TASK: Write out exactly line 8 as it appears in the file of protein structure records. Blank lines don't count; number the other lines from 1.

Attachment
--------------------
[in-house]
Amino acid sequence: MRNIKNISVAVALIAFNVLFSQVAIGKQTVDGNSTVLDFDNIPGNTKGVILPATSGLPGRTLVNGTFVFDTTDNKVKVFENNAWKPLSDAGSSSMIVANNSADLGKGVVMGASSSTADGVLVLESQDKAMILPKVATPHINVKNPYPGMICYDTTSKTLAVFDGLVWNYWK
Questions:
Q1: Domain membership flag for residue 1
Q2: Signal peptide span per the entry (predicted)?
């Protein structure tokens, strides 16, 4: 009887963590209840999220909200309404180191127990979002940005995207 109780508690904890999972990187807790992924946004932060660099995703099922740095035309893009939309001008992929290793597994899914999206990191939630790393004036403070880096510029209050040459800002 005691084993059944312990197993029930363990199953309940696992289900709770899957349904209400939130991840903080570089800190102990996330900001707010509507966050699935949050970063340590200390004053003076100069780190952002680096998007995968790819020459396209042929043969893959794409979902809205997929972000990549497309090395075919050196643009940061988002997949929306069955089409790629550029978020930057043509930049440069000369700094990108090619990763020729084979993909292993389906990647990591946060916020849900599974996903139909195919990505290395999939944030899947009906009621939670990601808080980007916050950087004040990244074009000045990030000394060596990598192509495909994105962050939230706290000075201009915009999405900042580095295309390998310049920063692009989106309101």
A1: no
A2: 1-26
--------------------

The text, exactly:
A2: 1-26